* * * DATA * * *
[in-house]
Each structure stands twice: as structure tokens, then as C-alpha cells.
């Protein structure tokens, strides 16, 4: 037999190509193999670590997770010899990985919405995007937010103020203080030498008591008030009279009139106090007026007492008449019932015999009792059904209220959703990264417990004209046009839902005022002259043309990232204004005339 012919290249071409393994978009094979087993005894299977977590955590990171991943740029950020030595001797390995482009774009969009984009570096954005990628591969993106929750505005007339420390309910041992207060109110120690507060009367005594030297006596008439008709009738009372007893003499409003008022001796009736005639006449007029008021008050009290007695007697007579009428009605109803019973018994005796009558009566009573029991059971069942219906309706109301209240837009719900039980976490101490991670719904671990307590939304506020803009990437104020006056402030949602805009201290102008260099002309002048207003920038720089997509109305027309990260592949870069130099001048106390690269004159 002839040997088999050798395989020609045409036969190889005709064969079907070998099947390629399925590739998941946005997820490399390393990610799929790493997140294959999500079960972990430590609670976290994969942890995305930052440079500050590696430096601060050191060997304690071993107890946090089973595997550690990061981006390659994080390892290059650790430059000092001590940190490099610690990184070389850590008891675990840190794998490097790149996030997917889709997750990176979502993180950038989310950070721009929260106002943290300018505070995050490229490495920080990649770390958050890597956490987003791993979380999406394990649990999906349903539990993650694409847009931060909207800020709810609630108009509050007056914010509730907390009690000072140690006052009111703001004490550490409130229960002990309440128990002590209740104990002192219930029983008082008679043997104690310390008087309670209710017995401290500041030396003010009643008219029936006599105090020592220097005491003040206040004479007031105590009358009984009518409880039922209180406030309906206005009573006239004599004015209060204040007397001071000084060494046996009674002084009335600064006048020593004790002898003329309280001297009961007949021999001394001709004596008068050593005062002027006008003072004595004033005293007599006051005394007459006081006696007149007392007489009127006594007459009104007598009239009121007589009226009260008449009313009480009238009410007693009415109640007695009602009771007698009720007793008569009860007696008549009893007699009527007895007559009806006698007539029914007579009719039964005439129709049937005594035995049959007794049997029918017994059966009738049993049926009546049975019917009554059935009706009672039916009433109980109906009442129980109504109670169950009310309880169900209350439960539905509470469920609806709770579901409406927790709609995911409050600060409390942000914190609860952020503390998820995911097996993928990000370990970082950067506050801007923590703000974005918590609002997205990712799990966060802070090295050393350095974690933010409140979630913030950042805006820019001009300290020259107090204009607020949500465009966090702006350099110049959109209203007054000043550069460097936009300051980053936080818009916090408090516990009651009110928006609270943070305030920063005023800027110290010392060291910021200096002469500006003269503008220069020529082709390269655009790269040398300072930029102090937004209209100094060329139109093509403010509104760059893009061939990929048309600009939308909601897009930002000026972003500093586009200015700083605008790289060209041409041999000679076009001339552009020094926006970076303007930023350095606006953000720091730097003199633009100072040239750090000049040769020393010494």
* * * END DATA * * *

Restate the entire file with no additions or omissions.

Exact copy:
[in-house]
Each structure stands twice: as structure tokens, then as C-alpha cells.
């Protein structure tokens, strides 16, 4: 037999190509193999670590997770010899990985919405995007937010103020203080030498008591008030009279009139106090007026007492008449019932015999009792059904209220959703990264417990004209046009839902005022002259043309990232204004005339 012919290249071409393994978009094979087993005894299977977590955590990171991943740029950020030595001797390995482009774009969009984009570096954005990628591969993106929750505005007339420390309910041992207060109110120690507060009367005594030297006596008439008709009738009372007893003499409003008022001796009736005639006449007029008021008050009290007695007697007579009428009605109803019973018994005796009558009566009573029991059971069942219906309706109301209240837009719900039980976490101490991670719904671990307590939304506020803009990437104020006056402030949602805009201290102008260099002309002048207003920038720089997509109305027309990260592949870069130099001048106390690269004159 002839040997088999050798395989020609045409036969190889005709064969079907070998099947390629399925590739998941946005997820490399390393990610799929790493997140294959999500079960972990430590609670976290994969942890995305930052440079500050590696430096601060050191060997304690071993107890946090089973595997550690990061981006390659994080390892290059650790430059000092001590940190490099610690990184070389850590008891675990840190794998490097790149996030997917889709997750990176979502993180950038989310950070721009929260106002943290300018505070995050490229490495920080990649770390958050890597956490987003791993979380999406394990649990999906349903539990993650694409847009931060909207800020709810609630108009509050007056914010509730907390009690000072140690006052009111703001004490550490409130229960002990309440128990002590209740104990002192219930029983008082008679043997104690310390008087309670209710017995401290500041030396003010009643008219029936006599105090020592220097005491003040206040004479007031105590009358009984009518409880039922209180406030309906206005009573006239004599004015209060204040007397001071000084060494046996009674002084009335600064006048020593004790002898003329309280001297009961007949021999001394001709004596008068050593005062002027006008003072004595004033005293007599006051005394007459006081006696007149007392007489009127006594007459009104007598009239009121007589009226009260008449009313009480009238009410007693009415109640007695009602009771007698009720007793008569009860007696008549009893007699009527007895007559009806006698007539029914007579009719039964005439129709049937005594035995049959007794049997029918017994059966009738049993049926009546049975019917009554059935009706009672039916009433109980109906009442129980109504109670169950009310309880169900209350439960539905509470469920609806709770579901409406927790709609995911409050600060409390942000914190609860952020503390998820995911097996993928990000370990970082950067506050801007923590703000974005918590609002997205990712799990966060802070090295050393350095974690933010409140979630913030950042805006820019001009300290020259107090204009607020949500465009966090702006350099110049959109209203007054000043550069460097936009300051980053936080818009916090408090516990009651009110928006609270943070305030920063005023800027110290010392060291910021200096002469500006003269503008220069020529082709390269655009790269040398300072930029102090937004209209100094060329139109093509403010509104760059893009061939990929048309600009939308909601897009930002000026972003500093586009200015700083605008790289060209041409041999000679076009001339552009020094926006970076303007930023350095606006953000720091730097003199633009100072040239750090000049040769020393010494």